Detective in Sanborn case stored evidence in attic

PORTLAND, Maine (NEWS CENTER) --

New documents are surfacing in the case of Anthony Sanborn, the convicted murderer allowed out of jail last month on $25,000 bail.
Sanborn had been in prison since his conviction 25 years ago.
Then, in April, a key witness in his trial said she didn't actually see him kill 16 year-old Jessica Briggs in 1989.
But now, a detective working on Sanborn's case has turned over evidence stored in his attic.

 According to court documents filed by Sanborn's defense attorney, Amy Fairfield, the files contain alternative suspects, police reports, and witness statements.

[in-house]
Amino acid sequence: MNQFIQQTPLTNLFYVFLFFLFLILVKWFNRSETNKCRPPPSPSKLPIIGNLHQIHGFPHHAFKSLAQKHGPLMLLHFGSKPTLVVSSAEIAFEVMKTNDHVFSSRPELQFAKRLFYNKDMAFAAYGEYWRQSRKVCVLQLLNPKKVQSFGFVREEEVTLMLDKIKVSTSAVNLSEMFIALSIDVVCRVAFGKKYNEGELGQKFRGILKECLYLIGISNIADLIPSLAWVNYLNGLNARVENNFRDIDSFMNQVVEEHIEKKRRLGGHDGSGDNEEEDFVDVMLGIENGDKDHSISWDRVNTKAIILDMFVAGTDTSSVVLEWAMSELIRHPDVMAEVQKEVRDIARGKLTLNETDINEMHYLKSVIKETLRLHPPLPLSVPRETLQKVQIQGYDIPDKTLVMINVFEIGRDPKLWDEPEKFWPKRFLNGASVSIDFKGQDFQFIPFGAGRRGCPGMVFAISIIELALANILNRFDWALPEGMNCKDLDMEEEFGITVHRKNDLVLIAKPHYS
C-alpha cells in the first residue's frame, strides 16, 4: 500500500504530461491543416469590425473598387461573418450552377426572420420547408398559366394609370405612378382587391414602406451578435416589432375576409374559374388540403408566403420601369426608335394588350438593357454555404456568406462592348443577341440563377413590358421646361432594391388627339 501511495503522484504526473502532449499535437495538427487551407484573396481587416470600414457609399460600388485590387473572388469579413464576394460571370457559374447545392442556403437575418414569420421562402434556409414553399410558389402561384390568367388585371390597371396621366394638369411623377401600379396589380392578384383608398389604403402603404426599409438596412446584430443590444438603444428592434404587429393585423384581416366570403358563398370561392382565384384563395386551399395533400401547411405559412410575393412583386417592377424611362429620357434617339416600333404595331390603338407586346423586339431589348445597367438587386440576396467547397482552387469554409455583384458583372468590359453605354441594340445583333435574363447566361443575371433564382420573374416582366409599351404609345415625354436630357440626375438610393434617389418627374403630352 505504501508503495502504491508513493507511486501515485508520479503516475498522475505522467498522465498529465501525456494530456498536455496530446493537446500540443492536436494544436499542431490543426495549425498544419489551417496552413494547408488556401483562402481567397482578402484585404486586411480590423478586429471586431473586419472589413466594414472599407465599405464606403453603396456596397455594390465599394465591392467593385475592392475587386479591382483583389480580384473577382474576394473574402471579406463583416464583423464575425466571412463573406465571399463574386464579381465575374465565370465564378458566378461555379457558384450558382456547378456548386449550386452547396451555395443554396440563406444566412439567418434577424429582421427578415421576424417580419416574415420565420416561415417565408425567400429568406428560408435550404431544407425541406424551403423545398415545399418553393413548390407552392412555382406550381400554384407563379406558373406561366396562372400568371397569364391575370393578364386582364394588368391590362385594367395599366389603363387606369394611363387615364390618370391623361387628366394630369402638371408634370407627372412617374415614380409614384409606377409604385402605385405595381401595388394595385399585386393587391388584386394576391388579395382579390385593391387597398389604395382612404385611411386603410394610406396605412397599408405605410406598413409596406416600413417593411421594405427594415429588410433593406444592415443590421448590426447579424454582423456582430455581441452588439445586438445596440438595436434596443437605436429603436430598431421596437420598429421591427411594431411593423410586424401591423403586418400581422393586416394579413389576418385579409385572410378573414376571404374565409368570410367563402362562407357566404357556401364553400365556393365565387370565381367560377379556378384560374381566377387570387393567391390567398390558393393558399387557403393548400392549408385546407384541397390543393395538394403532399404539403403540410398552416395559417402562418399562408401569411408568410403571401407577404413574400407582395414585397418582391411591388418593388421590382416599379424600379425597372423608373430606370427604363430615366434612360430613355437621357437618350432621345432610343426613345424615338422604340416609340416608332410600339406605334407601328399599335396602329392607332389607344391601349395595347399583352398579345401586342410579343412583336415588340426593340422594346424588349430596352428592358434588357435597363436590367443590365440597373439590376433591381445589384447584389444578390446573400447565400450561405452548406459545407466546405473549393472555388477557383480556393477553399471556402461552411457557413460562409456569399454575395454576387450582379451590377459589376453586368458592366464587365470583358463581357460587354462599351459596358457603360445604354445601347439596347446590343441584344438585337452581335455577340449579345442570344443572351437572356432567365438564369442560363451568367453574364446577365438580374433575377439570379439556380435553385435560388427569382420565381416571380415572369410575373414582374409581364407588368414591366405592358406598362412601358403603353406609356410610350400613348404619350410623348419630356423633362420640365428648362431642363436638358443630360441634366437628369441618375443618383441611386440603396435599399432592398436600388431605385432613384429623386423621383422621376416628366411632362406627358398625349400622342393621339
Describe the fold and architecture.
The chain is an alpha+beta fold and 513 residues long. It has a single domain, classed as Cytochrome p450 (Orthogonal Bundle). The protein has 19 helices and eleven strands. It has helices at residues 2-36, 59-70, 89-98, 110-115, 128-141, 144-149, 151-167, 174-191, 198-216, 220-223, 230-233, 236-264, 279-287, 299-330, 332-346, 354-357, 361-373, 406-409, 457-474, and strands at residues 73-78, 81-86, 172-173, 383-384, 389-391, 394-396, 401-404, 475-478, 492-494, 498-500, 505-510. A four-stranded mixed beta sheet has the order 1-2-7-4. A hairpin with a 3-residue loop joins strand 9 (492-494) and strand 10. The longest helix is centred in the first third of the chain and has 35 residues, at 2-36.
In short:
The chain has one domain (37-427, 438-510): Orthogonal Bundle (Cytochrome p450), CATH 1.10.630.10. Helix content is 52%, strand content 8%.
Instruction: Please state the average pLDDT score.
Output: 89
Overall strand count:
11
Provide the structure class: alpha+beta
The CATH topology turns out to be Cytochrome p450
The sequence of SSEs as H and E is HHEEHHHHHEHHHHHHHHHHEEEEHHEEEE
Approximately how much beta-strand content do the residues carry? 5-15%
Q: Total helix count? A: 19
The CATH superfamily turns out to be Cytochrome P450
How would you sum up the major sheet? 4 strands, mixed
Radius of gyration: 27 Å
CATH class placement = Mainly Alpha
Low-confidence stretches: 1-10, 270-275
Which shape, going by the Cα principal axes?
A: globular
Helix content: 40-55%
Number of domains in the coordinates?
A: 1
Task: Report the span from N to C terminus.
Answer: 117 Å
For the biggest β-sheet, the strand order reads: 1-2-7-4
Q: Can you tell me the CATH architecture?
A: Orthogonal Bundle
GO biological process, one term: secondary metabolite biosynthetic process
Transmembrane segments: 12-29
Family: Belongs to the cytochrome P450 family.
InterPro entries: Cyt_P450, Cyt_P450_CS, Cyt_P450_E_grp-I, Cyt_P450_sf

The evidence was turned over by the head investigator in Briggs murder, James Daniels.  He’s now retired.
Fairfield says there was physical evidence among the items Daniels turned into Portland Police, including a box cutter and a knife.
Fairfield claims also there were handwritten notes in the evidence that may indicate Detective Daniels lied under oath during Sanborn's trial.
Sanborn's attorney used the court filing in which this evidence was first discussed to say this is further proof her client’s conviction should be overturned.
A key question remains unanswered, however -- why was this evidence stored in Detective Daniels’ attic and was that proper procedure?
The former prosecutor who led the state's case against Sanborn told NEWS CENTER Tuesday afternoon she doesn't know anything about what Daniels did.
The Portland Police Department did not return our calls and Sanborn's defense attorney did not wish to speak to NEWS CENTER, Tuesday. 

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